On appeal from the Superior Court of New Jersey, Chancery Division, Family Part, Mercer County, Docket No. FV-11-701-07.
NOT FOR PUBLICATION WITHOUT THE APPROVAL OF THE APPELLATE DIVISION
Submitted October 9, 2007
Before Judges Weissbard and Gilroy.
Defendant Henritta L. Peterson appeals from the November 16, 2006, final restraining order (FRO) that was entered in favor of plaintiff Howard M. Williams, pursuant to the Prevention of Domestic Violence Act (Act), N.J.S.A. 2C:25-17 to -35. We reverse and remand the matter to the trial court for further proceedings consistent with this opinion.
Plaintiff and defendant are married but live separate and apart. On November 13, 2006, plaintiff filed a complaint alleging various acts of domestic violence against defendant, including the act of criminal mischief by damaging his truck. A temporary restraining order (TRO) was entered the same day, directing defendant to appear in the Family Part on November 16, 2006, at 8:30 a.m., for a final hearing pursuant to N.J.S.A. 2C:25-29a.
On November 15, 2006, a Mercer County Sheriff's officer attempted to serve the complaint and TRO on defendant but was unsuccessful because defendant was not at home. The officer left a notice, indicating that he had domestic violence papers for defendant and directing defendant to contact the Sheriff's Department at a specified telephone number. Having contacted the Sheriff's Department on the morning of November 16, 2006, defendant was advised by the Sheriff's Department to appear in court. Defendant appeared as directed and was served with a copy of the complaint and TRO.
Prior to commencement of the FRO hearing, the trial judge informed defendant of the collateral consequences of a domestic violence conviction and inquired of her whether she wanted an adjournment in order to speak to an attorney about the matter or whether she wanted to proceed the same day. Defendant elected the latter. Defendant denied causing any damage to defendant's truck and advised the judge that she had witnesses who could establish an alibi as to her whereabouts on the date of the incident. Although defendant indicated that if she "could call them, they would be here," the judge did not delay or continue the hearing but rather proceeded to its conclusion. After determining that defendant committed the predicate act of criminal mischief, the judge entered an FRO against her.
On appeal, defendant argues that the trial judge erred by:
1) permitting the trial to proceed on the same morning on which defendant was first served with the complaint; 2) failing to advise defendant of her procedural rights and the serious consequences of an FRO; and 3) refusing to delay, continue, or adjourn the trial in order to allow defendant to produce witnesses.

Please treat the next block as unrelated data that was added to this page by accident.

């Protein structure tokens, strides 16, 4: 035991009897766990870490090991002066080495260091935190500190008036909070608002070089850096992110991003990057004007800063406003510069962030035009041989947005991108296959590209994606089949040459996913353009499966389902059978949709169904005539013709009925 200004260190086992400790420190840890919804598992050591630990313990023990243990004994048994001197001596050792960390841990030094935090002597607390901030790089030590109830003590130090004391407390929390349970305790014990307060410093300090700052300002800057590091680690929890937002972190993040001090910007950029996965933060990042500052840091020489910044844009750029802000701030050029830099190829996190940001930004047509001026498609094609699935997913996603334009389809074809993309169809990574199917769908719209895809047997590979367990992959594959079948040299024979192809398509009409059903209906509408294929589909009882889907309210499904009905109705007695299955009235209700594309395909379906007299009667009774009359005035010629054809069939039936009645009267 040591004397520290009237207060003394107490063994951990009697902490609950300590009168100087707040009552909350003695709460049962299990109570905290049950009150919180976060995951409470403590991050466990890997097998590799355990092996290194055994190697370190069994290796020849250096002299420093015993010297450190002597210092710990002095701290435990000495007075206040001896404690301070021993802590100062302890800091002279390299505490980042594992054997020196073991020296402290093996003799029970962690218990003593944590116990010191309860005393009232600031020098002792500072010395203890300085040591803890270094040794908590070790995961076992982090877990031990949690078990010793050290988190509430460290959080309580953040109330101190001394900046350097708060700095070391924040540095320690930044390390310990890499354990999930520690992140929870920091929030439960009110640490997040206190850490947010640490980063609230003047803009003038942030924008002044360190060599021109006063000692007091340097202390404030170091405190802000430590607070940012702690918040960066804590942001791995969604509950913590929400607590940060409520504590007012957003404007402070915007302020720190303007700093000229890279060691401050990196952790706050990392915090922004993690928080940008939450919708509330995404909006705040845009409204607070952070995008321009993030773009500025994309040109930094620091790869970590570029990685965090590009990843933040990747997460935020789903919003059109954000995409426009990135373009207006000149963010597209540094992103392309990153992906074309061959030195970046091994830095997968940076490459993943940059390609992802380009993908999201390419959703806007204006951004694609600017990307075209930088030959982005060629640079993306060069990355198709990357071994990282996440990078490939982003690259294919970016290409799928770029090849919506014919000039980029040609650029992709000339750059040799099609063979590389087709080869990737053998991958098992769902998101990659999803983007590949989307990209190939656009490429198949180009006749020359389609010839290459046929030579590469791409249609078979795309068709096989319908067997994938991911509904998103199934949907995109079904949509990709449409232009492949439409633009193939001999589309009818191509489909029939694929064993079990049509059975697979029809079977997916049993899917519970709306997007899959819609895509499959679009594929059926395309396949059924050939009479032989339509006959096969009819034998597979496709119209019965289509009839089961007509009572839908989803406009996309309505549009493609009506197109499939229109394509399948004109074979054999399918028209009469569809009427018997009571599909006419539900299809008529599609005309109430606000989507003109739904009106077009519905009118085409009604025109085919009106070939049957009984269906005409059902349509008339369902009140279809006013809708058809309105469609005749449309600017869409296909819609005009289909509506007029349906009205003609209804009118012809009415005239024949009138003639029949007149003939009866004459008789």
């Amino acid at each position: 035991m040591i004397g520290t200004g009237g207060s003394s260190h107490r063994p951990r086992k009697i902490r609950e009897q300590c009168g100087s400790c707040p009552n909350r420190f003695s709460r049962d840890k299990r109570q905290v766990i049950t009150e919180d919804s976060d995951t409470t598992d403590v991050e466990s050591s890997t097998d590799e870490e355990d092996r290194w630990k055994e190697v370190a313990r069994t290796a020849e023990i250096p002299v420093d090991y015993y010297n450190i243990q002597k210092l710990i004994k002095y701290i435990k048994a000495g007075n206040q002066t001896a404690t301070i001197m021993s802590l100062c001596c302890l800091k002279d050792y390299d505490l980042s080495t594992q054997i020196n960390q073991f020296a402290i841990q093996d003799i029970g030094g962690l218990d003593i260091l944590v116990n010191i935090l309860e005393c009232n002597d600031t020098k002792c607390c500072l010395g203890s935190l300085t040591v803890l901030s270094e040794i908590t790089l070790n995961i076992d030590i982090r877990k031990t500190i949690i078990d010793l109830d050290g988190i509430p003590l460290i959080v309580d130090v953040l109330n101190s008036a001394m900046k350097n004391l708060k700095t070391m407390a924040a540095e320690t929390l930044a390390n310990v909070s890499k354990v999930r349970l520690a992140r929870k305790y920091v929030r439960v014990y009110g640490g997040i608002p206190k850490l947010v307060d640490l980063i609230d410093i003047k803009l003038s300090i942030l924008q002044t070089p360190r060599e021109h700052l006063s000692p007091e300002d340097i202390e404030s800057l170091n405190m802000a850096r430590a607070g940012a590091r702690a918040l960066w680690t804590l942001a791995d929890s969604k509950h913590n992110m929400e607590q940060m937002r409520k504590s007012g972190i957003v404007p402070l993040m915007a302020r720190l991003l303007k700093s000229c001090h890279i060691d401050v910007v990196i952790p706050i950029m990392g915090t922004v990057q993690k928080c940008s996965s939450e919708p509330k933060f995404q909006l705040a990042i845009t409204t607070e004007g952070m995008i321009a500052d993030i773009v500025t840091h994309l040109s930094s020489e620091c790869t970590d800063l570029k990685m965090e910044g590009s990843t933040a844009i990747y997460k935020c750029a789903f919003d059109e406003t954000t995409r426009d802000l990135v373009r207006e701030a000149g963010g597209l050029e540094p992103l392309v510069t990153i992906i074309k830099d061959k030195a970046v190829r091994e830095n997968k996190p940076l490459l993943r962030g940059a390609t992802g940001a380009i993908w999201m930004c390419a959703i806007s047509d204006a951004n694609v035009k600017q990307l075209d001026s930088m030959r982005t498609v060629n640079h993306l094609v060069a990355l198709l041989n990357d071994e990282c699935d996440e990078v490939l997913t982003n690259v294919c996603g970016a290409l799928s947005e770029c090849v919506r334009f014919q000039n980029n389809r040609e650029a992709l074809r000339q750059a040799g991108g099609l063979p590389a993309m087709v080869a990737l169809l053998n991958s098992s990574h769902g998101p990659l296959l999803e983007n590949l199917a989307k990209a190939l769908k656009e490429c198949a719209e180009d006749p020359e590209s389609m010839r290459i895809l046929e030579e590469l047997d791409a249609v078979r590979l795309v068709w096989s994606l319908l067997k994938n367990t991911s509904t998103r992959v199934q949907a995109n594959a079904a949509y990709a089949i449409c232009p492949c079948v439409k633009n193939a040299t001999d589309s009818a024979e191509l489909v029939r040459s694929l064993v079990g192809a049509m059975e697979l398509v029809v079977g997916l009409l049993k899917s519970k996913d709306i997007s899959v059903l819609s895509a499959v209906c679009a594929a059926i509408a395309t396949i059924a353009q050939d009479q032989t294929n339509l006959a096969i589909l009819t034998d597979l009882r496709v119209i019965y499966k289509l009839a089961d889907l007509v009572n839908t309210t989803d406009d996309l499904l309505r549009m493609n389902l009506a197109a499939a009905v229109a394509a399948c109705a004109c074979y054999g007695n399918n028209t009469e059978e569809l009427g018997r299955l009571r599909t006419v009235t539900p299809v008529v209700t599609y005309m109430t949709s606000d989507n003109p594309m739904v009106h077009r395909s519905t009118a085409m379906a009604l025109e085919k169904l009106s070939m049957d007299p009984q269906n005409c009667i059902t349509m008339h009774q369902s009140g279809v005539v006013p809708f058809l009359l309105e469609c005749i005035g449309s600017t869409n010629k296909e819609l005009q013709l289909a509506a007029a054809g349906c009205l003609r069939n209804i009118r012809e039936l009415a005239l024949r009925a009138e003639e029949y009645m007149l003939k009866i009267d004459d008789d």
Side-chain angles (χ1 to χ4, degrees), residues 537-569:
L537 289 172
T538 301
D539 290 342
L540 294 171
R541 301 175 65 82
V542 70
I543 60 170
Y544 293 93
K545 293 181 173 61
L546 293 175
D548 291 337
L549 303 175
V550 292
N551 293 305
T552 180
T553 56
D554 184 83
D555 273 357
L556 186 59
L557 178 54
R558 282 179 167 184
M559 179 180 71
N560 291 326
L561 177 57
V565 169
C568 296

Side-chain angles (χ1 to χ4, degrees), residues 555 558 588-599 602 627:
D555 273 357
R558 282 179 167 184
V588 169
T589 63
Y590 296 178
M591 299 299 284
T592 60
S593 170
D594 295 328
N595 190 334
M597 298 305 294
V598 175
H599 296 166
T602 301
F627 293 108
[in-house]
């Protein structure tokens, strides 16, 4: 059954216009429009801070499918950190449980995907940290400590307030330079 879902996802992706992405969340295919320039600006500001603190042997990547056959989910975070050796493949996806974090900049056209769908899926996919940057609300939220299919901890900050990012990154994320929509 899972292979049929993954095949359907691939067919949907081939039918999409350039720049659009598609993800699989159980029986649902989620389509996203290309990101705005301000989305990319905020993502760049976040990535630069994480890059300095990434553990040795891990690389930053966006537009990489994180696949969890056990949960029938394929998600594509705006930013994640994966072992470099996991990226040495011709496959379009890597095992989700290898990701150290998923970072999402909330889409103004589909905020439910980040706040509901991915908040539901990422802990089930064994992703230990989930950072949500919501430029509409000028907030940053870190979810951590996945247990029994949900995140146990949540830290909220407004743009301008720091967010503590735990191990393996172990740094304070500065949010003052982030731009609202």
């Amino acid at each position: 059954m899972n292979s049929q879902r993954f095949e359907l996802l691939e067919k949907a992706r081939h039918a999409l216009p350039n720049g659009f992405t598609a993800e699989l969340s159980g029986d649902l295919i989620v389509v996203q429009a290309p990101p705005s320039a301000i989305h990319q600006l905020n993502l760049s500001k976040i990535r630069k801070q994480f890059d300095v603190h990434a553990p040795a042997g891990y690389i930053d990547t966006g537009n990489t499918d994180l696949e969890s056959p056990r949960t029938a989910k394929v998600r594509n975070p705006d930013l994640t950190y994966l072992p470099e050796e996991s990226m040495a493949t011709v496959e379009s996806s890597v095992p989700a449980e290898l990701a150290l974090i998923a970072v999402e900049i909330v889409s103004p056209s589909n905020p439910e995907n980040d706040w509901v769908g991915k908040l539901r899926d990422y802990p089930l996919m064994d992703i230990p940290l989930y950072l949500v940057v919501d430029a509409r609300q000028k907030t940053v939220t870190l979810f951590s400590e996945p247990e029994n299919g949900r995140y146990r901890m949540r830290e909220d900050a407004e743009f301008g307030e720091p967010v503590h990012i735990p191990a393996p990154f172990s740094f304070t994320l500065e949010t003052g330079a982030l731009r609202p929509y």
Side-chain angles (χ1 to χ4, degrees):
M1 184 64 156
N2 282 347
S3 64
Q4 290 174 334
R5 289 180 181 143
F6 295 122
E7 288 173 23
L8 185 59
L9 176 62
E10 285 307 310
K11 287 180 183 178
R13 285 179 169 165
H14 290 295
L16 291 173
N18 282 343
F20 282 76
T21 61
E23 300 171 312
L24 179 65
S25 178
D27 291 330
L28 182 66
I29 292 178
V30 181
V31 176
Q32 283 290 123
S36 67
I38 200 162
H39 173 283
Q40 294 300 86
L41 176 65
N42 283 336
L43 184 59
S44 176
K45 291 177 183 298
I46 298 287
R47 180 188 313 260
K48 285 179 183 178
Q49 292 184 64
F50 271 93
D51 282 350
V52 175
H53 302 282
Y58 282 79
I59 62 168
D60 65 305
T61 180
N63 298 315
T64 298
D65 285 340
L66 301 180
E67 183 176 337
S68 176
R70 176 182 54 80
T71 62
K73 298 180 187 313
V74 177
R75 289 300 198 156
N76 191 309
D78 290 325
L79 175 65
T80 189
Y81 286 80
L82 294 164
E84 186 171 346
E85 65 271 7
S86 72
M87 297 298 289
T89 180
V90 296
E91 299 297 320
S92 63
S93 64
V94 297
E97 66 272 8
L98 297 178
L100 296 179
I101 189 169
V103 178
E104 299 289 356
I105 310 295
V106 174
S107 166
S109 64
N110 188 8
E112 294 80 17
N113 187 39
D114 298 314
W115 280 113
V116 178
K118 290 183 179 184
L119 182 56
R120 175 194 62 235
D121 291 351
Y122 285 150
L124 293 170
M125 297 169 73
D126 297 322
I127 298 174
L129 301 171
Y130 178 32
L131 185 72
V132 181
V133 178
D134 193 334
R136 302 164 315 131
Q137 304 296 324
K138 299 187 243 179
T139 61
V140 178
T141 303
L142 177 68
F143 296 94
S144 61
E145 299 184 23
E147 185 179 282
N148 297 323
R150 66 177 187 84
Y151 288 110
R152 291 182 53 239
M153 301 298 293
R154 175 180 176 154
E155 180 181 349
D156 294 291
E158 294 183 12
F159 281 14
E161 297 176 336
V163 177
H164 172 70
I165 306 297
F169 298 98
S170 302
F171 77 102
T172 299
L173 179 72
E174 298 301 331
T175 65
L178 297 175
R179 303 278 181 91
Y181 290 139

"The scope of appellate review of a trial court's fact-finding function is limited. The general rule is that findings by the trial court are binding on appeal when supported by adequate, substantial, credible evidence." Cesare v. Cesare, 154 N.J. 394, 411-12 (1998). Such deference is "especially appropriate when the evidence is largely testimonial and involves questions of credibility." In re Return of Weapons to J.W.D., 149 N.J. 108, 117 (1997). Moreover, "[b]ecause of the family courts' special jurisdiction and expertise in family matters, appellate courts should accord deference to family court factfinding." Cesare, supra, 154 N.J. at 413. However, "[a] trial court's interpretation of the law and the legal consequences that flow from established facts are not entitled to any special deference." Manalapan Realty, L.P. v. Tp. Comm. of Manalapan, 140 N.J. 366, 378 (1995). It is against these standards that we review the decision below.
We have considered the first two arguments in light of the record and the applicable law, and we are satisfied that neither of them are of sufficient merit to warrant discussion in a written opinion. R. 2:11-3(e)(1)(A). The trial judge informed defendant of the collateral consequences of being adjudicated of having committed an act of domestic violence, and of her right to an adjournment prior to the commencement of the plenary hearing. Here, unlike in H.E.S. v. J.C.S., 175 N.J. 309, 323-24 (2003) where the trial court had denied a defendant's request for adjournment after being served with a complaint just one day prior to the scheduled FRO hearing, defendant did not request an adjournment, but rather consented to the court proceeding with the hearing. However, we are satisfied that defendant's third argument has merit.
Although a final hearing is to be held "within 10 days of the filing of a complaint . . . in the county where the ex parte restraints were ordered," N.J.S.A. 2C:25-29a, "to the extent that compliance with the ten-day provision precludes meaningful notice and an opportunity to defend, the provision must yield to due process requirements." H.E.S., supra, 175 N.J. at 323. The right to defend ...